Another trigger can be brought on by emotions that may be uncomfortable like sadness, anxiety, or shame. Some people try to numb themselves by emotional eating.

Some may even emotional eat from boredom. While watching television or just setting around with friends. With emotional eating some may be trying to fill a void that cannot be explained.

Emotional eating can also be brought from our childhoods. Were a lot of your child rewards food oriented? If you got a good report card you were rewarded with ice cream or if you were feeling sad a pizza. These habits can carry on into adulthood without even realizing this is a trigger.

Another trigger that can have you emotional eating is when friends or family get together. Whether it is the holidays or just visits, food is usually the center of the situation. Overindulging is acceptable and sometimes promoted.


Be more mindful of your meals regarding their effect and nutritional value.

Realize that emotional eating is a legitimate coping choice, not a failure.

Slow down to observe your food, the taste and smell to enjoy the food more.

Try eating with the opposite hand or using an unusual utensil to keep your mind aware while emotional eating.

To fulfill the motion of eating, try eating carrot or celery sticks instead of candy or chips.

Take time to really enjoy what you are eating, actually enjoy your eating time and make it relaxing. Meaning turn off the television and any other distractions, so you can actually focus on your food.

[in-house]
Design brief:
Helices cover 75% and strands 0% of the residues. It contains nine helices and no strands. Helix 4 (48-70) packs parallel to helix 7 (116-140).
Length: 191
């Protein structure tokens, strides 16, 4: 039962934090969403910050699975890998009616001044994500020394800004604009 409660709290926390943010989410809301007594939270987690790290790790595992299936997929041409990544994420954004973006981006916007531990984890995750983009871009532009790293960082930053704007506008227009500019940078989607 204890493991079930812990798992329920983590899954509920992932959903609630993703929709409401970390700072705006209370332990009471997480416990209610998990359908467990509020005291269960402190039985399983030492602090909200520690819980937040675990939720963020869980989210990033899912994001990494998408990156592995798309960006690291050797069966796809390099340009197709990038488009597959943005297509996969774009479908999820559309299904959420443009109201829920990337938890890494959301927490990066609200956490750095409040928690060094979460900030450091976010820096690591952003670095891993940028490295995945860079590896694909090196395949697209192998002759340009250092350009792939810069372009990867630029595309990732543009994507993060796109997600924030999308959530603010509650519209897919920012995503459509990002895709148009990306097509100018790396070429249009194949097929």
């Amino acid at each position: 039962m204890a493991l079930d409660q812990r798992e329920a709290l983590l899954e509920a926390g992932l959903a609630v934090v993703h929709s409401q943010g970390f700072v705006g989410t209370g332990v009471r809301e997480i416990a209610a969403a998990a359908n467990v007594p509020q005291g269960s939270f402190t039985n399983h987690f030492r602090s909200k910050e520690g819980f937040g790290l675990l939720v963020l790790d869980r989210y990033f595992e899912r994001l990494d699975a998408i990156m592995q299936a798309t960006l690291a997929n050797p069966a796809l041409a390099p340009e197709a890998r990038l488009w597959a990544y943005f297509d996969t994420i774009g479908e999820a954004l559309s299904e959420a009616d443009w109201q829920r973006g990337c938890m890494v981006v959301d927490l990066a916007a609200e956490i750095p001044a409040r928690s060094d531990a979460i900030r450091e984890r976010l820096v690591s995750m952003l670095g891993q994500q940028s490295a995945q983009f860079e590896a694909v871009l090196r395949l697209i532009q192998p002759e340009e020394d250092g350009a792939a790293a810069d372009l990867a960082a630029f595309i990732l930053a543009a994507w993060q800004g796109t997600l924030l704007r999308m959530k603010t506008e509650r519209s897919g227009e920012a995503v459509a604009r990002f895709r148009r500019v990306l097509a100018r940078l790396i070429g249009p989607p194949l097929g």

Emotional eating is our way of coping, emotional overeating is harmful.

Other alternatives besides eating can be to call a friend and talk if you are bored or depressed. For anxiety, listen to some music and dance, or take a walk or exercise. For tiredness, try a hot soothing bath or a cup of tea. Get into a hobby, read a book, or watch a comedy show.

Habits are hard to change, so adjust one or two at a time, without adding more stress on yourself. Keep a diary of the foods you eat daily along with your emotions of how you were feeling that day. Also include any out of the ordinary scenarios that may have happened that day. You will see a pattern in yourself that will help to change some things in your life for the better starting with the type and amount of foods you eat.

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  • Jennifer D.

    Reply Reply March 1, 2016

    I’m definitely an emotional eater. Comfort food is what we call it in the south. But, really, isn’t our entire culture set up for celebratory eating??

    • Chris Bridger

      Reply Reply March 4, 2016

      I agree with you 100% on the celebratory eating. It’s interesting to get different view points on this thanks for sharing!

  • Kim Rawks

    Reply Reply March 2, 2016

    Jennifer – I married into an Italian family. Like the south, everything centers on food. Ugh!

  • Maddie

    Reply Reply March 14, 2016

    I have an awful problem with emotional eating. I really need to work on this, but this article did give me some great advice and information. It’s a tough habit to break!